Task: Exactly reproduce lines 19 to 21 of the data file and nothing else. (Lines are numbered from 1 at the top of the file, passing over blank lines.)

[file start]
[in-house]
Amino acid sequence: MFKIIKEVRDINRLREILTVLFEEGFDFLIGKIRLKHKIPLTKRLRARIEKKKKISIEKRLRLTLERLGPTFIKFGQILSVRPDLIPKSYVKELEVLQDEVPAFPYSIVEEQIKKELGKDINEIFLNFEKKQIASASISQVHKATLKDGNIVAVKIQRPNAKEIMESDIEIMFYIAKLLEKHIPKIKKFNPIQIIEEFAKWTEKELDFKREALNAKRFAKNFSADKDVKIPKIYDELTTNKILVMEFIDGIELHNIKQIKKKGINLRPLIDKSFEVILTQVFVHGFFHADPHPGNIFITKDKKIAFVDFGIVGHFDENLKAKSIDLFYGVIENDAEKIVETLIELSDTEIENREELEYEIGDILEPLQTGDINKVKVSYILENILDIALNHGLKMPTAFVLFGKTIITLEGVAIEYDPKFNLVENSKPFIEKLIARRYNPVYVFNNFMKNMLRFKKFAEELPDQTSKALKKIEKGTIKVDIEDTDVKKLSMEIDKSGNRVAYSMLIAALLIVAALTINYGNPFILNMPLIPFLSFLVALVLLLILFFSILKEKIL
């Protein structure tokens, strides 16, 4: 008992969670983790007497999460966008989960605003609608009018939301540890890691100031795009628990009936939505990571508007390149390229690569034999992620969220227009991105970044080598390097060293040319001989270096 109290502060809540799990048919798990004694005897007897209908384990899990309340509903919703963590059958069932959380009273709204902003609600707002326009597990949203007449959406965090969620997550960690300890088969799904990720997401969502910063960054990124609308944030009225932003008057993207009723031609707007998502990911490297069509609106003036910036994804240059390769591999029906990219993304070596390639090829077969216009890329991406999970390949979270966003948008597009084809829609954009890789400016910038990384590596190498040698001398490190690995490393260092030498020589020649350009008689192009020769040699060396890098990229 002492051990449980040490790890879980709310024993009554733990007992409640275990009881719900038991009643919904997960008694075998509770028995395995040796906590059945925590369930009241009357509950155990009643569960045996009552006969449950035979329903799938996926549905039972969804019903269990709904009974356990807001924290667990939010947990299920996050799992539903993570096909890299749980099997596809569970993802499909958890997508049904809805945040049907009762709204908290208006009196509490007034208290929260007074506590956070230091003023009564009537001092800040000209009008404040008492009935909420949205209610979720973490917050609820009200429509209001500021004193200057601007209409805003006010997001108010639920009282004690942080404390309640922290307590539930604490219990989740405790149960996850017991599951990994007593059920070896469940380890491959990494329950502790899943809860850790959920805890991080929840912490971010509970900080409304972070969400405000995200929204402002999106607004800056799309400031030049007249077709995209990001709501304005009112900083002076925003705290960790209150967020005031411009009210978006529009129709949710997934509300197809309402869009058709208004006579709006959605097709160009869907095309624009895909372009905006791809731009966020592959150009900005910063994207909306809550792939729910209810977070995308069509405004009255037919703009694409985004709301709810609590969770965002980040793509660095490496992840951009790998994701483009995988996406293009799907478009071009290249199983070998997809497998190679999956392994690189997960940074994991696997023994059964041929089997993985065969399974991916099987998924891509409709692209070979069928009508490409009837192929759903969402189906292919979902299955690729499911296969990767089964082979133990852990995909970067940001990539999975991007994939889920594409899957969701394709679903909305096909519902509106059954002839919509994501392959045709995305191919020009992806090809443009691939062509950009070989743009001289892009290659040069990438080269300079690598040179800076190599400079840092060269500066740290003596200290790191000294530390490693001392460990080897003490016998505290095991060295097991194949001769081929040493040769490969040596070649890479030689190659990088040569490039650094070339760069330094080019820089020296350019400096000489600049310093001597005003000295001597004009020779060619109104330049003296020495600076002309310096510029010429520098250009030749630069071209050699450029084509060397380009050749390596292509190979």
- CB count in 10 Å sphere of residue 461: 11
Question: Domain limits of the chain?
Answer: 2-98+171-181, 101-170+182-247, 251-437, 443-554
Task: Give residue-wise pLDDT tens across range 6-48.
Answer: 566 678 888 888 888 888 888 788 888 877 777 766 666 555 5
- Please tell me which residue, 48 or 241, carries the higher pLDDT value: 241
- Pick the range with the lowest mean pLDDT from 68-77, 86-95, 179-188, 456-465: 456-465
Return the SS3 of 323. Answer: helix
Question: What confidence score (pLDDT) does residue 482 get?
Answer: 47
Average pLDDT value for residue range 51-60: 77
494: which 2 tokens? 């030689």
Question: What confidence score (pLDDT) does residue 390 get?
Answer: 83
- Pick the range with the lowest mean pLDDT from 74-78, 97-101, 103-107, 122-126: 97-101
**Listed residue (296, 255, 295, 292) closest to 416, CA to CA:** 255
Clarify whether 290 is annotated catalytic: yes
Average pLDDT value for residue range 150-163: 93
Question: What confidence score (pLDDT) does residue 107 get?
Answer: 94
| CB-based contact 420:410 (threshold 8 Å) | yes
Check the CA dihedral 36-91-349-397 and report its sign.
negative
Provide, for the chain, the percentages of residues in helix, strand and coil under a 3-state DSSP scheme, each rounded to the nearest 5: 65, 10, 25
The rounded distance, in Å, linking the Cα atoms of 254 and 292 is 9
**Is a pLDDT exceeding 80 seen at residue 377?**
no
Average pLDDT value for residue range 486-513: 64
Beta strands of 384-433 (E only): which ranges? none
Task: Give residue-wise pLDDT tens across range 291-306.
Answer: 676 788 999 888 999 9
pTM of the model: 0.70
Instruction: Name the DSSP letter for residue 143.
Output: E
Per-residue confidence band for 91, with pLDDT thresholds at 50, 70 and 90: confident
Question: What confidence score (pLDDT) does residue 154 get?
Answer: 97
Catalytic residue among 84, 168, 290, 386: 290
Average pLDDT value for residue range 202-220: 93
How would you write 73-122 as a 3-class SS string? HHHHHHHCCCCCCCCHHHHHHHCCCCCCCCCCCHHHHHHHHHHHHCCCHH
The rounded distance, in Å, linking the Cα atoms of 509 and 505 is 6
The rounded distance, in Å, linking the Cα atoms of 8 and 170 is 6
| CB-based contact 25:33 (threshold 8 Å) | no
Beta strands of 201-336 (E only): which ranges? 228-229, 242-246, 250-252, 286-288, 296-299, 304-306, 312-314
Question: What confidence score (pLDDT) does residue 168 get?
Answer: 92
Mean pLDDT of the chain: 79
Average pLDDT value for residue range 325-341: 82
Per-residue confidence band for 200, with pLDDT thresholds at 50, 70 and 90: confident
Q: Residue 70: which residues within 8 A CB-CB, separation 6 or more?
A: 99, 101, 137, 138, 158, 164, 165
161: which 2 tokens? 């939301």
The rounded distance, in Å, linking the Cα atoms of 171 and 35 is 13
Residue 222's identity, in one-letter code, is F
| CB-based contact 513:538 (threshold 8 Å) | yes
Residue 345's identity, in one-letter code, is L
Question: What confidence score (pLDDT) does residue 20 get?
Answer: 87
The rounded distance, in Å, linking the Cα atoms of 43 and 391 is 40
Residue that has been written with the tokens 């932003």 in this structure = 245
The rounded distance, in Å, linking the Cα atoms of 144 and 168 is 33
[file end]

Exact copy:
**Listed residue (296, 255, 295, 292) closest to 416, CA to CA:** 255
Clarify whether 290 is annotated catalytic: yes
Average pLDDT value for residue range 150-163: 93